Your kid’s got the sniffles. Sneezes are sure to follow. Which over-the-counter (OTC) medicines help kids, and which may hurt them? Tap on your child’s age to find out.
Searching shelves for cold and flu products is the last thing you need to do when you’re sick. Follow three steps to quickly find the right over-the-counter product for your symptoms and learn which ones won’t help.
Elderberry syrup hasn’t been proven to prevent or cure cold and flu symptoms, but it could be a low-risk addition to your flu-fighting arsenal.
Usually, swollen glands show up when you’re fighting an infection and they aren’t a cause for concern. But occasionally they can be a sign of cancer. In this Q&A, an expert explains when to see your doctor.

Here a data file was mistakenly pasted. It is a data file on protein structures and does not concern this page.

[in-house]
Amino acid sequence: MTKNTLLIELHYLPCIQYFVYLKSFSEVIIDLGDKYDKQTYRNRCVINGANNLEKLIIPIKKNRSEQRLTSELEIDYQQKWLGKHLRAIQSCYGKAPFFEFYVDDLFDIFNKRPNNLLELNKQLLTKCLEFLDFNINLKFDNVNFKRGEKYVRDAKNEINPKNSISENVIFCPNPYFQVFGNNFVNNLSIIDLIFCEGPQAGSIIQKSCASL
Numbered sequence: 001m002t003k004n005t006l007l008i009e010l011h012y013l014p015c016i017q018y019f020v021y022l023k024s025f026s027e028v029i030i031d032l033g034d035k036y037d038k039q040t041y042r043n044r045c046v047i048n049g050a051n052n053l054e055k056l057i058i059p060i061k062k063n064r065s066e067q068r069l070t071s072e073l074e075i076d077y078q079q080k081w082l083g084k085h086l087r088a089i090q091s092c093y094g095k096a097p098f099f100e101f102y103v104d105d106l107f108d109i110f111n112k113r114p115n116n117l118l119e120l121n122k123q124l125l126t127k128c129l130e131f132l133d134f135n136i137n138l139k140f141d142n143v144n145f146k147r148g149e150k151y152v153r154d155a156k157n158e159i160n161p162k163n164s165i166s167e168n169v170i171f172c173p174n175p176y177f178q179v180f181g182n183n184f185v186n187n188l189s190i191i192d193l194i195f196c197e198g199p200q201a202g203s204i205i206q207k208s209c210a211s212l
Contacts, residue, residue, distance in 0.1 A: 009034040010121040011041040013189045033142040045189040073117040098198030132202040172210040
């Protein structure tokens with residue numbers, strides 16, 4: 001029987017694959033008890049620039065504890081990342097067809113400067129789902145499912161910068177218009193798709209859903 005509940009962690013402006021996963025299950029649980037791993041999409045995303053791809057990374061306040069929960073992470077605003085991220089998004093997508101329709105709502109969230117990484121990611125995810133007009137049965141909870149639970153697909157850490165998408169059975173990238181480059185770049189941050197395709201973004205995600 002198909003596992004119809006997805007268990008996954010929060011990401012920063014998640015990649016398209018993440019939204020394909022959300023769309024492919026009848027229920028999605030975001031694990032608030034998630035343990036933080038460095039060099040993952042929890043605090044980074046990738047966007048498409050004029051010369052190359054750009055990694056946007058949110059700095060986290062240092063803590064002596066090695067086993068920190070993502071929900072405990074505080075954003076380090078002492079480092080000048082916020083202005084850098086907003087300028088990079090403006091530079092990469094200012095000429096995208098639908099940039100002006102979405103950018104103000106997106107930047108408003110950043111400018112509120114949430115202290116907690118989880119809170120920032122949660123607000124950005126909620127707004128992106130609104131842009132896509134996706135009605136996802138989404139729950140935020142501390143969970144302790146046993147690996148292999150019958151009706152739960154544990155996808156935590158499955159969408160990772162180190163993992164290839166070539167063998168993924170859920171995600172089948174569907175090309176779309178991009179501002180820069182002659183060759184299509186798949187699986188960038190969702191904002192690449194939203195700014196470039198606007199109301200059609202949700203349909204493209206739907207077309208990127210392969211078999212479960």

Most often, common colds are caused by viruses, and the best thing to do is let the illness run its course. But if a fever gets especially high, bacteria might be to blame, and an antibiotic might be needed.
How high is too high for your kid’s fever? Our expert explains when a fever is serious.
Find the answers to questions that pique your curiosity in our series, “The Short Answer.” Primary care sports health physician Vikas Patel, DO, fields this one about if you should work out when you’re sick.
Little kids pick up germs everywhere they go — especially toddlers. A recent study looks at what’s more effective in keeping little ones free of respiratory infections — soap and water or alcohol-based hand sanitizers.
If you child has a cold or allergies, you might have to step in and help them clear their stuffy nose. Follow these snot-removal suggestions from a pediatrician
Sometimes you just know your child should stay home sick. But often it’s difficult to make the call. Get a pediatrician’s advice on common symptoms that may sideline your child.